They’ll make anything into a musical these days. Well, not just anything. Any movie gets a musical these days. If all future movie-based musicals are half as clever as The Snuff Musical, then we might be in good shape.
This is a self-aware and biting satire about the perceived current state of musical theatre, and the lengths people will go to achieve artistic success. Daniel Hawthorne (Josh Kemper) and Joey Bortz (Amanda Spellman) are a musical producing team whose creative output has all but dried up. After constantly striking out while trying to pitch the last musical he did write (“History is boring!” potential investors say), Daniel is unexpectedly inspired by a nasty little snuff film screened at a pretentious art party. Daniel is convinced this will be the last word on movie-based musicals. Joey is skeptical, but is desperate to make the show a hit. I don’t want to give away too much else, but The Snuff Musical gleefully rips backstage tropes apart, like the small-town ingénue moving to the Big City to be a star and Eve Harrington-esque role sabotage. The plot, as it unfolds, gets a little convoluted and confusing by the end, but I enjoyed myself every step of the way.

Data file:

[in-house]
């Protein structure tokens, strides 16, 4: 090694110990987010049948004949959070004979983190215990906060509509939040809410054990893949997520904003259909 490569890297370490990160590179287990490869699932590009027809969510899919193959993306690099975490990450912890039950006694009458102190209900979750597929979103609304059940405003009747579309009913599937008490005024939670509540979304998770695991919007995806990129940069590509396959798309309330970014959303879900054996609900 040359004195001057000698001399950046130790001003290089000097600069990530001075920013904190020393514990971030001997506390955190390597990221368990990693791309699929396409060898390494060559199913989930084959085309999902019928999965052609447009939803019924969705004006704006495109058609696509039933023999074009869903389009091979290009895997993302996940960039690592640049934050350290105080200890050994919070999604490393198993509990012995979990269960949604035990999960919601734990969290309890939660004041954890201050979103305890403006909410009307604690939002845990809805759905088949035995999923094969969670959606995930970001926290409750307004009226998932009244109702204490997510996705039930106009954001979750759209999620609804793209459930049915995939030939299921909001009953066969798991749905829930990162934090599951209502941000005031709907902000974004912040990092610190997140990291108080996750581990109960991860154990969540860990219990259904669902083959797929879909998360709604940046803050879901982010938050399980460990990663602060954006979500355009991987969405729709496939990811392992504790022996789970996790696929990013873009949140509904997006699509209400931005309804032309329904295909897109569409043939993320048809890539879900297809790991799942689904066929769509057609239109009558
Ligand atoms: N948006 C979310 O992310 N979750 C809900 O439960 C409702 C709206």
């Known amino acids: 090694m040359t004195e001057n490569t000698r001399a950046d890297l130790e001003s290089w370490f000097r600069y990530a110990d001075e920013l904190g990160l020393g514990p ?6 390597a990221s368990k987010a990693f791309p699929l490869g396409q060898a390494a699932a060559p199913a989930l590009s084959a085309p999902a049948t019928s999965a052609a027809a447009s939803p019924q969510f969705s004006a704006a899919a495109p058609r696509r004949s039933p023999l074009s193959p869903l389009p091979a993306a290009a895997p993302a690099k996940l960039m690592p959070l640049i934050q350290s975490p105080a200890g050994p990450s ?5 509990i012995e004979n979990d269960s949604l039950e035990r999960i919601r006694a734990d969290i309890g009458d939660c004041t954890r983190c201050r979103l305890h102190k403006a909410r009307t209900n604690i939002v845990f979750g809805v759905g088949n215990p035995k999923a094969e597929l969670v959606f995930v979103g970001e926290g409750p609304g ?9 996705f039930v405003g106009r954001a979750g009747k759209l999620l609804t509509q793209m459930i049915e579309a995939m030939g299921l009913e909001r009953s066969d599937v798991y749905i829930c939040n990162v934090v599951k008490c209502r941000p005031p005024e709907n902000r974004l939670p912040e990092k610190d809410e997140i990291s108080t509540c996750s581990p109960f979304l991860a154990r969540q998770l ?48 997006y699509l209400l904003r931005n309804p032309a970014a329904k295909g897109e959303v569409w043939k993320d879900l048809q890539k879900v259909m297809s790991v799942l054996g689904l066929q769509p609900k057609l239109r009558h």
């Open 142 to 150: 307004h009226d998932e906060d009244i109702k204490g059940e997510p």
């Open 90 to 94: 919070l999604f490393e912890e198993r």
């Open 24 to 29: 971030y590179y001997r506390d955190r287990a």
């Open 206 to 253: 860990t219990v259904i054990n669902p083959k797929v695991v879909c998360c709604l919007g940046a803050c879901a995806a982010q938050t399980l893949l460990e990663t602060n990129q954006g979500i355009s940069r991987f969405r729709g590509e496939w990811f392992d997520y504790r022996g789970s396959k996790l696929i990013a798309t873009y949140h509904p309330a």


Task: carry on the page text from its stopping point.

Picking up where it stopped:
None of the characters stretch past two dimensions (if that), but they don’t particularly have to. Kemper and Spellman are great at playing put-upon struggling artists, forced to be the straight men in a world of batshit crazy. The snark at all the weirdos who come through their door, including Senor Dread (PJ Mitchell), the creepy but hilariously enthusiastic death fetishist who directed the original film, and Kelly Kincaid (Leslie Vincent), whose absolute lack of talent is eclipsed by her unshakeable confidence. As the budding starlet from Ohio, Vincent effectively steals the show in her quest to be a leading lady. The Snuff Musical is worth seeing just for Kelly’s masterful butchering of Shakespeare.
Michael Martin’s score had a pretty decent Broadway pop sound. Particular highlights are “Another Boy Meets Girl,” a hilariously glib account of the snuff film’s three minute running time, and Vincent’s introduction, “Kelly’s Big Pair (Of Songs).” Each cast member was a first-rate singer, and made sure that the punch lines were never lost under the music. As a lyricist and playwright, Martin exercised a wickedly funny sensibility. A master of double entendre and suggestion, he piles layers and layers of jokes in songs like “Get It In The End” and Kelly’s phone calls to her pedophilic uncle.
As the opening numbers says, The Snuff Musical is the “best possible worst kind of taste.” And I like it!
Running Time: 90 minutes.